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Mon, 14 Oct 2019 16:58:20 GMT

So in the hype of the reissues i’ve been listening to margerine eclipse non-stop and, as a musician, thought it would be cool to try making some tracks in Dual-Mono. I was wondering if it counts as duel-mono if in my DAW i just have some instruments panned entirely to the left and some entirely to the right or if the process is to just record two separate tracks entirely and then force them to mono and have those two panned left and right. I thought someone on here might know the answer, no worries if not!

jeff w
Mon, 14 Oct 2019 21:08:47 GMT

The latter looks more accurate to me. Obviously in the case of ME the two tracks are meant to fit together, albeit that separately they sound fine too.

Mon, 14 Oct 2019 21:36:10 GMT

I'm a musician as well...I always thought of mono as everything the same in both speakers... all instruments dead center.Tou can record with one mic and use that image in both channels

Cosmos Twins
Tue, 15 Oct 2019 11:21:02 GMT

It's definitely the latter. Two separately, individually played arrangements of the same, entire song, one in each channel. It's easy to tell them apart if you pan from one channel to the other. I remember an interview in a musician's mag at the time where Tim explicitly referred to the software he used to sync the drums, which I believe weren't being played to a click track up to that point (in order to make their recordings more 'organic') though Andy may have decided to use one in these session for practical reasons. Many years ago I played around with these mixes using music ripping software in order to create a left channel-only mix, a right-channel only mix, and a ‘true’ mono mix comprising both tracks in both channels. While the last one doesn’t sound much different, at least without headphones, the other two are like listening to new albums. In any case I’ve sometimes wondered what the thinking was behind this technique, which as far as I know is unique in recorded music. I know Tim was setting deliberate obstacles to himself in his songwriting by this stage in order to liberate himself from stylistic traps and cliché, maybe to get closer to a kind of ‘automatic writing’ similar to what Trish from Broadcast was beginning to use around this time too, and which found its ultimate expression in the hundreds of cut-up loops he and Joe made which were built up into the albums that became Chemical Chords and Not Music. Either way I have a theory. Despite denials at the time - I seem to remember they said the ‘Margerine’ trope was based on an advertising billboard they’d seen in Russia when it was so obviously a nickname for Mary – it’s clear that the album is a tribute to Mary almost from beginning to end. I can’t imagine what it was like for the band after her accident, and I know from interviews they did think of stopping, but having decided to carry on, they created this album that had Laetitia singing fully realised Stereolab songs in each channel but with this big empty space in the middle. Exactly where Mary would have been, both in the mix and on stage. It might be fanciful, but is a beautiful idea I think. CT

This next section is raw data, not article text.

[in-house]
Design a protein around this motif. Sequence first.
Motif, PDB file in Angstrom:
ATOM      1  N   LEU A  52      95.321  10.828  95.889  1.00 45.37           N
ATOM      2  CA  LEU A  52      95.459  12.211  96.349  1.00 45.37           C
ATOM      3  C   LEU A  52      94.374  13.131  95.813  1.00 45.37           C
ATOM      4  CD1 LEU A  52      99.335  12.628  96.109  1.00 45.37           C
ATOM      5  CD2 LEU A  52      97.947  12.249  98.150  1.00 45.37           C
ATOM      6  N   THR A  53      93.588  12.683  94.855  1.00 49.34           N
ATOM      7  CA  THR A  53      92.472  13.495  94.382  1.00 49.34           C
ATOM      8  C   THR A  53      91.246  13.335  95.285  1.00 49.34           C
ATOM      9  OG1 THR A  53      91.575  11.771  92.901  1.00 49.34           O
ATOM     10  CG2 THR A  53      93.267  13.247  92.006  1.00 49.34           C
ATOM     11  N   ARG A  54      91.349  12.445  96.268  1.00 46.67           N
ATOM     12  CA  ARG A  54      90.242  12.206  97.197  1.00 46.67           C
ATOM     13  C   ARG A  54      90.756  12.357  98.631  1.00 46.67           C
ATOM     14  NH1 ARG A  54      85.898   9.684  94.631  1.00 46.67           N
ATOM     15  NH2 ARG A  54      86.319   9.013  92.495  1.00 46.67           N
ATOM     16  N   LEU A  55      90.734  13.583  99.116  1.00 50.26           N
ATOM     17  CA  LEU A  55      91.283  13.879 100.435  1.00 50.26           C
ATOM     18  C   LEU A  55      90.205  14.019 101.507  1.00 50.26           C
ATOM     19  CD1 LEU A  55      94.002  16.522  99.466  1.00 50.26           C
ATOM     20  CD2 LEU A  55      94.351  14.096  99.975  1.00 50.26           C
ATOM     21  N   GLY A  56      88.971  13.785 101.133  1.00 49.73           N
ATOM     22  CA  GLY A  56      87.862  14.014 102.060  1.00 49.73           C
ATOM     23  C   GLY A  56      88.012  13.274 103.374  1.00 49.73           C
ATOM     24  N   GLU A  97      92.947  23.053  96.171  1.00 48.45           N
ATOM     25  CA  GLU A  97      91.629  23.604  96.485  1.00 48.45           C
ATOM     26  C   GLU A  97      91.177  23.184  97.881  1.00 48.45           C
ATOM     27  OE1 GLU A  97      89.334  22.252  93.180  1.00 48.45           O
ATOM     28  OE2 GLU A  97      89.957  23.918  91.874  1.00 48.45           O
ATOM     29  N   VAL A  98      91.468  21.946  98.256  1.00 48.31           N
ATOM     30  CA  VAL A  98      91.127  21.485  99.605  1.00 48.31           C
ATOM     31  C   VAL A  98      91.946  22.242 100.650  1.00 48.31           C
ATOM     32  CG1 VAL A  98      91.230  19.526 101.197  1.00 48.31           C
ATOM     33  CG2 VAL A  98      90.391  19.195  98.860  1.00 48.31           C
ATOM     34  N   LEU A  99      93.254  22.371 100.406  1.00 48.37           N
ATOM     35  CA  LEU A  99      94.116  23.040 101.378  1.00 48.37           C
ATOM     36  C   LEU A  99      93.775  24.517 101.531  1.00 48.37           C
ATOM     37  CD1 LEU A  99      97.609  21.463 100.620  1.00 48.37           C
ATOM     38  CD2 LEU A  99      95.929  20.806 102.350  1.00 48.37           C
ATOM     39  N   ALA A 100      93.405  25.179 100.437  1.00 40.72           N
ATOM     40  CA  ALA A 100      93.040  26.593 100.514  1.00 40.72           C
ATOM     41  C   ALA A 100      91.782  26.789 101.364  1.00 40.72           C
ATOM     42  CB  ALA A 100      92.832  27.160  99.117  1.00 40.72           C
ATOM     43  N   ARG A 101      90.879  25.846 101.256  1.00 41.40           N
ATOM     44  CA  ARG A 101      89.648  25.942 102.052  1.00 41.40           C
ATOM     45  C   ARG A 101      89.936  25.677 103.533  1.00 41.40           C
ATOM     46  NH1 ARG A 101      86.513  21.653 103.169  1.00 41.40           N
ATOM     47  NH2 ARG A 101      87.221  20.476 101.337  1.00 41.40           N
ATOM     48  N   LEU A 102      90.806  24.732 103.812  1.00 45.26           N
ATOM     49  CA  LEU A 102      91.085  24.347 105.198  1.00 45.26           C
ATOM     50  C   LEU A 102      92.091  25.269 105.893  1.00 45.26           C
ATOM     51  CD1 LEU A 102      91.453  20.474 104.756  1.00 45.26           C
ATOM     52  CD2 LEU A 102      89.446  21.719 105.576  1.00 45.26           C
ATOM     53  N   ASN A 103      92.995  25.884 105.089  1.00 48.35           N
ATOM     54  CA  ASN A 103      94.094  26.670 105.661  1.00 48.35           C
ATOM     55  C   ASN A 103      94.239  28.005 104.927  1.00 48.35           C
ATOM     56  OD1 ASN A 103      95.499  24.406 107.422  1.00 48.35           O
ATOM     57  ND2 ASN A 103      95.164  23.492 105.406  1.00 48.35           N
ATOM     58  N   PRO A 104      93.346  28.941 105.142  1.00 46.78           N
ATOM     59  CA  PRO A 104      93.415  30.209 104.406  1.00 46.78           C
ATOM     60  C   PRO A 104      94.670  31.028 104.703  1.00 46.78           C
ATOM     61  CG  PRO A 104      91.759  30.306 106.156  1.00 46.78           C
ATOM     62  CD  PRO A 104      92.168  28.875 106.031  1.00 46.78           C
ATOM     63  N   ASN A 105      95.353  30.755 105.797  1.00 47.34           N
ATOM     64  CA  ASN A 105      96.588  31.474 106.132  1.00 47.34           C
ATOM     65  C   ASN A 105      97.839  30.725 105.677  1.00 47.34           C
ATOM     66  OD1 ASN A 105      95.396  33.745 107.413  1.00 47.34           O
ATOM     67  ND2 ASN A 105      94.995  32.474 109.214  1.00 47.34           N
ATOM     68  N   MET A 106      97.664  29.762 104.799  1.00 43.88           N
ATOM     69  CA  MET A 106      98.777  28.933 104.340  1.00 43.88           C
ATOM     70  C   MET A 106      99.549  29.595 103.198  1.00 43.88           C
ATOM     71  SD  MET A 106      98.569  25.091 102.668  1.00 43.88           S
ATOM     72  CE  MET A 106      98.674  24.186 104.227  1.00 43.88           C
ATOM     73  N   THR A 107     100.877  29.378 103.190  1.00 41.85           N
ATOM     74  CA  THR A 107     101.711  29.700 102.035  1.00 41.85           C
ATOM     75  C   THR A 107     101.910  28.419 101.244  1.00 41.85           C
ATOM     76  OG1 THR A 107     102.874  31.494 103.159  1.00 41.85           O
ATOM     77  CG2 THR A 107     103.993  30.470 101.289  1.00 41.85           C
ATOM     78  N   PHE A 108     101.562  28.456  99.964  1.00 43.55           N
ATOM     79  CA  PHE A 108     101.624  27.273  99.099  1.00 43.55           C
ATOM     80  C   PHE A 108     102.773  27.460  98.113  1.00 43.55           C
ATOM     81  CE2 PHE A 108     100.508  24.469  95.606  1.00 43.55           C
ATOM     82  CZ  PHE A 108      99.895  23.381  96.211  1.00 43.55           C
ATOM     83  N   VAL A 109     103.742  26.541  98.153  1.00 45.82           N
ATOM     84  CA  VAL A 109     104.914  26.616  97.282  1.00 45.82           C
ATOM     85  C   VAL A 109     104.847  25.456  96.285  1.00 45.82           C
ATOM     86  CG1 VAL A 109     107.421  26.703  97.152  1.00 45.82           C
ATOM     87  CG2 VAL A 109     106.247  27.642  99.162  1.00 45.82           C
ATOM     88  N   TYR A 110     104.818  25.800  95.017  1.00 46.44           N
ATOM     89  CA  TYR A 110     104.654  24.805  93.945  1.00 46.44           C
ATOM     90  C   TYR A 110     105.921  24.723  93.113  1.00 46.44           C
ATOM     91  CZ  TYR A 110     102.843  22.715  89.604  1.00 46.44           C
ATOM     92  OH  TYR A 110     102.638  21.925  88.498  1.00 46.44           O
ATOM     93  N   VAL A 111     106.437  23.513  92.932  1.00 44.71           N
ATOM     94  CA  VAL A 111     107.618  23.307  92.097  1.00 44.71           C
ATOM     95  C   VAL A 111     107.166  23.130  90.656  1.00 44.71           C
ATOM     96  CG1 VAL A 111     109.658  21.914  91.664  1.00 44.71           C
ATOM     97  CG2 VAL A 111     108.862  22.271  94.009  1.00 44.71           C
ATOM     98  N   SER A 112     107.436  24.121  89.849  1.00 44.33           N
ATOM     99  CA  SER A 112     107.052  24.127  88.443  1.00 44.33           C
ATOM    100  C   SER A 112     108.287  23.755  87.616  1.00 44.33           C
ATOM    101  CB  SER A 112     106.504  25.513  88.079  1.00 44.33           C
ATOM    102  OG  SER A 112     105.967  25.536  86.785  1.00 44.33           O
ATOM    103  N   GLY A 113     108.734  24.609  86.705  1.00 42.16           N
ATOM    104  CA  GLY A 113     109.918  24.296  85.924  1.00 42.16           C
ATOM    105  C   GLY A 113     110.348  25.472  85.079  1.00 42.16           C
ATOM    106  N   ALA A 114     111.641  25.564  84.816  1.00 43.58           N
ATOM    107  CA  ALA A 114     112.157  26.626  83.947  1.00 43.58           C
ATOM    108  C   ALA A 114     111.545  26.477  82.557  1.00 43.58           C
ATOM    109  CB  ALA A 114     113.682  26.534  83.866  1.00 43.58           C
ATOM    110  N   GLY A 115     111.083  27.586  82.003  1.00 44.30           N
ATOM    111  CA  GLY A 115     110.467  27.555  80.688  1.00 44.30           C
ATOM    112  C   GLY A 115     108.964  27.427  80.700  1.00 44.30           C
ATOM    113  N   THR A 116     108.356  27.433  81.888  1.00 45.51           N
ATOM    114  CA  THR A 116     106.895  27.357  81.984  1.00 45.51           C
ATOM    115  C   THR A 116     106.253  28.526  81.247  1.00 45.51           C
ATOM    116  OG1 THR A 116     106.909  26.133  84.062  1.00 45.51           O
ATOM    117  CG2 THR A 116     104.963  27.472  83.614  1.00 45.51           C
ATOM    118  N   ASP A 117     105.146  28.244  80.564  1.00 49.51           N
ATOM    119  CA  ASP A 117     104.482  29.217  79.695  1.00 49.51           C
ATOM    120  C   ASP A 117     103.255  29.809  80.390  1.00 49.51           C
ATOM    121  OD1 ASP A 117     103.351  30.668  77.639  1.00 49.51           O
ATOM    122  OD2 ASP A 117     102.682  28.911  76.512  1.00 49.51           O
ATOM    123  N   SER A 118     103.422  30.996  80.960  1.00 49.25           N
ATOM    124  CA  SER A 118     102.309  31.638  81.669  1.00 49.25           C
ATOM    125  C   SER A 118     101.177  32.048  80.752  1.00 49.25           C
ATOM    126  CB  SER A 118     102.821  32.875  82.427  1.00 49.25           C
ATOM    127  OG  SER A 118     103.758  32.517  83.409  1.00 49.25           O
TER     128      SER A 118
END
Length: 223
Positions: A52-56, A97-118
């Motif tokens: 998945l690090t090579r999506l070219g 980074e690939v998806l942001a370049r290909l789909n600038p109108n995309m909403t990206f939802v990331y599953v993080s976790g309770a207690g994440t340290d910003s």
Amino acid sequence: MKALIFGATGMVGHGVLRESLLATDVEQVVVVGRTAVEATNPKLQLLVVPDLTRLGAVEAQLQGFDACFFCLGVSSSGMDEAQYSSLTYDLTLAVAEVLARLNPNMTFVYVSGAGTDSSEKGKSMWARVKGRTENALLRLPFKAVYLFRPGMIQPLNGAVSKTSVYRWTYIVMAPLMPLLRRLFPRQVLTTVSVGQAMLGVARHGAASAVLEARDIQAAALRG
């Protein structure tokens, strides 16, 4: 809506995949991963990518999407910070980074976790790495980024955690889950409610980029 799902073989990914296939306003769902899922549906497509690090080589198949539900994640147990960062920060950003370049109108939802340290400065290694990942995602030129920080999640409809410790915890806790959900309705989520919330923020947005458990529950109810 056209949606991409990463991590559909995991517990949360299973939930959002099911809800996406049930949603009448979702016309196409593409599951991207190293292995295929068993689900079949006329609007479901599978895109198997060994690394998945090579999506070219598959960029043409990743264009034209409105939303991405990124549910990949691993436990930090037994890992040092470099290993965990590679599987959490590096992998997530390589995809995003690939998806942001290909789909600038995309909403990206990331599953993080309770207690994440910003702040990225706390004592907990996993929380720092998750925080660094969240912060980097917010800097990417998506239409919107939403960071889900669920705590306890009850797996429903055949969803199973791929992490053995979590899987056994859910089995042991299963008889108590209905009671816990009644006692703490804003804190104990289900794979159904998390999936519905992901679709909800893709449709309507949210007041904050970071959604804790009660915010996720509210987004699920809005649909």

Tue, 15 Oct 2019 13:43:51 GMT

missed the "dual" part....interesting..

Alto Voltaje
Tue, 15 Oct 2019 15:15:16 GMT

If my recollection is correct, I think the software used to sync up the two tracks was "Beat Detective".

Tue, 15 Oct 2019 19:50:49 GMT

Interestingly (according to the sleeve notes that can just about be deciphered on the bandcamp page), the original concept for the LP was for it to be played 'live' in the studio like in the early days. The 'dual-mono' thing was a last minute decision just before recording commenced. I remember unplugging left/right inputs from my CD player when it came out to experience the separate versions :-)